What bemuses me is that people seem weirdly resistant to that idea.

    Word. There's two main hypotheses here:

    1. Unusual foreign demand is driving up prices in Auckland
    2. Collective local lunacy has gripped Auckland

    I don't see 2 as any kind of null hypothesis. Both hypotheses say "there's something going on". The null hypothesis is that there's nothing going on. That one is already clearly rejected in the way, way out of normal growth in Auckland prices.

    You have to actually have the strange ideological view that some economists seem to have that money does not exist, and everything works as a perfectly balanced bartering system to think that 2 would be a case of business as usual.

    Auckland • Since Nov 2006 • 10657 posts Report Reply

  • BenWilson, in reply to B Jones,

    I was wondering whether changes in the amount of deposit required might influence things. If all of a sudden people need a 25% deposit rather than a 5% deposit (or whatever you could get away with in 2007), that might show up as lower levels of debt vs housing value? Or is that small potatoes?

    That already happened, didn't it? LVRs were changed. David, did you notice it affecting debt/value ratios?

    Auckland • Since Nov 2006 • 10657 posts Report Reply

  • Michael Homer,

    The main issue with the analysis is that it's overconfident. I don't think it's necessarily false in its general thrust, but you just can't actually know the magnitude involved from it because of all these confounds people have identified.

    Wellington • Since Nov 2006 • 85 posts Report Reply

  • Jim Cathcart, in reply to Michael Homer,

    The main issue with the analysis is that it’s overconfident. I don’t think it’s necessarily false in its general thrust, but you just can’t actually know the magnitude involved from it because of all these confounds people have identified.

    I agree but sectoral balances suggests that the idea of "magic money" comes from the bank's ability to create money out of thin air.

    Money creation in practice differs from some popular misconceptions — banks do not act simply as intermediaries, lending out deposits that savers place with them, and nor do they ‘multiply up’ central bank money to create new loans and deposits. The amount of money created in the economy ultimately depends on the monetary policy of the central bank. In normal times, this is carried out by setting interest rates. The central bank can also affect the amount of money directly through purchasing assets or ‘quantitative easing’.

    http://www.bankofengland.co.uk/publications/Documents/quarterlybulletin/2014/qb14q1prereleasemoneycreation.pdf

    Since Nov 2006 • 228 posts Report Reply

  • BenWilson, in reply to Glenn Pearce,

    IMHO low interest rates are the single biggest cause of the increase in property values.

    Could be. But other factors could be nearly as big as low interest rates. To think we can fix things only with interest rates because they are strongest is akin to saying you can fix my swimming by just working on my right arm because it’s stronger than my left one. Actually, you want to work on the left, and also the legs (despite a far smaller contribution each), and also look at other refinements, like abdominal tension, breath control, shaving your chest, etc.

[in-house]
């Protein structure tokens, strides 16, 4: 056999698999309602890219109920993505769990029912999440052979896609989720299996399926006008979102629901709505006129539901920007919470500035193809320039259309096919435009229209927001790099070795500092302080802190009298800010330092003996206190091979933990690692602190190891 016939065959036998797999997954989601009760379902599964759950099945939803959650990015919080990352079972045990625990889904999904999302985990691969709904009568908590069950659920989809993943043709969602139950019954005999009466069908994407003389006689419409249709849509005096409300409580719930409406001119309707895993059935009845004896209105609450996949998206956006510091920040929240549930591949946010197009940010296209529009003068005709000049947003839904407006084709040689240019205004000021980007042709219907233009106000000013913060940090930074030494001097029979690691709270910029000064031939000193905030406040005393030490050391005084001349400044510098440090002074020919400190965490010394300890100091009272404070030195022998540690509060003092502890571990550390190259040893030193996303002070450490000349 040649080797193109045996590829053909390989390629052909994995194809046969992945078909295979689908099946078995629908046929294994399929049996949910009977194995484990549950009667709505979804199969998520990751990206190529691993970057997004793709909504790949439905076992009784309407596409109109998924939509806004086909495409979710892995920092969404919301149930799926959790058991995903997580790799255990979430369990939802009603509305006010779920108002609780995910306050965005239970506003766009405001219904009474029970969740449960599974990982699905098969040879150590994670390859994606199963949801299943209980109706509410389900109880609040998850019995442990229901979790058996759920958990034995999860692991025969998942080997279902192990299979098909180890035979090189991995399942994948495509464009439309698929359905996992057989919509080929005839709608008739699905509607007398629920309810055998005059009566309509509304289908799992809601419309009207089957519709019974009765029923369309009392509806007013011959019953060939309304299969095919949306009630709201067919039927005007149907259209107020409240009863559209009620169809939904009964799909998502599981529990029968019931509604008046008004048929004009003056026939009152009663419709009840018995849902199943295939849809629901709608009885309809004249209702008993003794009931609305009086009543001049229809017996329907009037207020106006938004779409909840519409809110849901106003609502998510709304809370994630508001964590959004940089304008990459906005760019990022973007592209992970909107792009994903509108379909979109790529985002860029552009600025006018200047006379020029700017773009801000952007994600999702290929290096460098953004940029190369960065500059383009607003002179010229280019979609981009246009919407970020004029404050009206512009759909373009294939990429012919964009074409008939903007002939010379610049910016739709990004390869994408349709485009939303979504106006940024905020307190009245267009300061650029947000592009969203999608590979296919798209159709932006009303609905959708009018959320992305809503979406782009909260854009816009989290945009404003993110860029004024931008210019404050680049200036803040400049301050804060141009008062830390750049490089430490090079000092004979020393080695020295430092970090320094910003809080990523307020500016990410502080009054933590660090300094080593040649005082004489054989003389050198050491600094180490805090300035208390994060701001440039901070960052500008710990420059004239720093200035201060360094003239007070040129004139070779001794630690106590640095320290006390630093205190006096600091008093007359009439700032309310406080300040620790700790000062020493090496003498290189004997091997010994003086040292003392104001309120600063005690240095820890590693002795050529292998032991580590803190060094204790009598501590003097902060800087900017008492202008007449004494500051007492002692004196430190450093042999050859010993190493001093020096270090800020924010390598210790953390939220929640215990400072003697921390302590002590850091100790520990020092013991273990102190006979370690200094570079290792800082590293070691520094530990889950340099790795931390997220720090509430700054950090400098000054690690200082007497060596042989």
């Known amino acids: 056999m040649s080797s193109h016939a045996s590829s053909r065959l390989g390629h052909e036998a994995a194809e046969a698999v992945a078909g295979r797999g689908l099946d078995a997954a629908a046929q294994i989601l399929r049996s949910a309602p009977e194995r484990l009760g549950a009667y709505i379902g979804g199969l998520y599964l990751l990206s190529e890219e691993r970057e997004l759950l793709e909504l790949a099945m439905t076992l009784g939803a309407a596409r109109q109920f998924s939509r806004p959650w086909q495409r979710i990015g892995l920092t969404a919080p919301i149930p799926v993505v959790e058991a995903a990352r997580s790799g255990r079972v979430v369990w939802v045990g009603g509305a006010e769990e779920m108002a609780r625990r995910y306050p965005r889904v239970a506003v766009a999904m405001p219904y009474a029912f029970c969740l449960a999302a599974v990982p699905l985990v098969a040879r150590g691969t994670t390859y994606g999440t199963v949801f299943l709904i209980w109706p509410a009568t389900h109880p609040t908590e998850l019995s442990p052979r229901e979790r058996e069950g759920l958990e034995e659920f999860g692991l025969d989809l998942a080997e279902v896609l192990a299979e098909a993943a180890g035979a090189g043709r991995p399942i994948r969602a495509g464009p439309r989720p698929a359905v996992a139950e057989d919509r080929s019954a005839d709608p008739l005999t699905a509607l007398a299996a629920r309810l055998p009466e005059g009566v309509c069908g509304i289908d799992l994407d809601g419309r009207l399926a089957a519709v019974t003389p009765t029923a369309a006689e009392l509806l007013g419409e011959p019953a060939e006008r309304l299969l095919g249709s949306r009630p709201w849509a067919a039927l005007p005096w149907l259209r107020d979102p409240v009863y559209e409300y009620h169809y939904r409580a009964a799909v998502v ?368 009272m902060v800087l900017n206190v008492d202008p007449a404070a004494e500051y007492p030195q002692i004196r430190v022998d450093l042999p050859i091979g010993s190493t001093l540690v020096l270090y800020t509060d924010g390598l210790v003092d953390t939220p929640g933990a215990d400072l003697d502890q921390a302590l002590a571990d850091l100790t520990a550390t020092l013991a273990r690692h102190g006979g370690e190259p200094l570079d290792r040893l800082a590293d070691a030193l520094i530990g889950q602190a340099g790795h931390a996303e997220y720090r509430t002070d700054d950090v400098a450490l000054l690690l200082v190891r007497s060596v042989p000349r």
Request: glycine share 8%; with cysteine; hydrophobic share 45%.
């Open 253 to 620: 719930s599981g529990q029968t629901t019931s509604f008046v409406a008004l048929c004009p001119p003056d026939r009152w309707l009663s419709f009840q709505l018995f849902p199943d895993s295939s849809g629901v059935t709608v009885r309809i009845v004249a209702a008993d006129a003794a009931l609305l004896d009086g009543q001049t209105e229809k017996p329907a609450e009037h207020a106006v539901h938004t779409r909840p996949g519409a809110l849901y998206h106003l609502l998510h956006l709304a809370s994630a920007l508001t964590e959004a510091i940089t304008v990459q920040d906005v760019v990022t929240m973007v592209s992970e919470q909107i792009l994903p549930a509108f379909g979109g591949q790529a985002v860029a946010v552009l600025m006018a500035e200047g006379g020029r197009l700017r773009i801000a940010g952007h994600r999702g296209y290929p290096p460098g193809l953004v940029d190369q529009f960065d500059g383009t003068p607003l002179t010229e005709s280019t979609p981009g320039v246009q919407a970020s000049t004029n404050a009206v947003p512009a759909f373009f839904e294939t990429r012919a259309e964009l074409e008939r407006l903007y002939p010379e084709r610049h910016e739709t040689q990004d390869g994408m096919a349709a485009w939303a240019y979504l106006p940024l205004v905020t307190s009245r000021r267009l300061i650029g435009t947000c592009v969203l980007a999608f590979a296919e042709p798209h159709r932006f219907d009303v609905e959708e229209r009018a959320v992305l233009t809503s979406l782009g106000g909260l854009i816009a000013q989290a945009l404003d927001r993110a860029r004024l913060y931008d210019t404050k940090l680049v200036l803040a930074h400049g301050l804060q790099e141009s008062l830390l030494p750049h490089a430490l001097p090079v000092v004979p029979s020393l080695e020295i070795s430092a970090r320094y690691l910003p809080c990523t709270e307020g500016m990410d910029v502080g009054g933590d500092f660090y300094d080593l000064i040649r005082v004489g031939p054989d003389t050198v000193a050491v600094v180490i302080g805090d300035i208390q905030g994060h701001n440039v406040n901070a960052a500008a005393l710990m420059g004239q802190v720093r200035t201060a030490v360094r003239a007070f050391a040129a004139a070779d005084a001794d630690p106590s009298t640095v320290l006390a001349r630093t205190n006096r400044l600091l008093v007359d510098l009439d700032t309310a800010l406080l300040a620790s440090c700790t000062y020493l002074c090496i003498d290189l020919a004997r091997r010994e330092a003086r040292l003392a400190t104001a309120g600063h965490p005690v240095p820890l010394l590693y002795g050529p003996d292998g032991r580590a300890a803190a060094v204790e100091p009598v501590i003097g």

I say all that without even accepting the dominance of interest rates. If we somehow proved that foreign investment were the biggest lever, that wouldn’t mean that we should stop worrying about interest rates either.

    The way I see it, any time there’s any control we could use to tweak the economy, we should consciously aim to have it in the arsenal for use, even if we don’t always use it. That makes our system less fragile. It takes pressure off the other controls. We design vehicles to go backwards and forwards, even though they could get to most of the same places by just going forwards and steering. It’s just way less easy, and can get completely stuck. Let’s not design our economy like a car with only one gear and a wheel that can only be turned in one direction, because it’s conceptually purer. Let’s design it with maximum functionality, much of it completely redundant (until the day we need it – like our ABS on that one wet day some idiot crosses the centerline at us).

    Auckland • Since Nov 2006 • 10657 posts Report Reply

  • David Hood,

    As far as I know the only LVR limits were in October 2014, which you can eyeball on figures 2 through 4. It might have stopped debt climbing a bit higher (the amount we cannot know because history only happens once) but looking at the graphs I am inclined to say it did not have much effect on the debt /value ratio.

    Dunedin • Since May 2007 • 1445 posts Report Reply

  • David Hood,

    Jim, even if banks are in a quasi creation process, doesn't the money still enter the economy through loaning it out? There is no evidence of banks buying houses directly.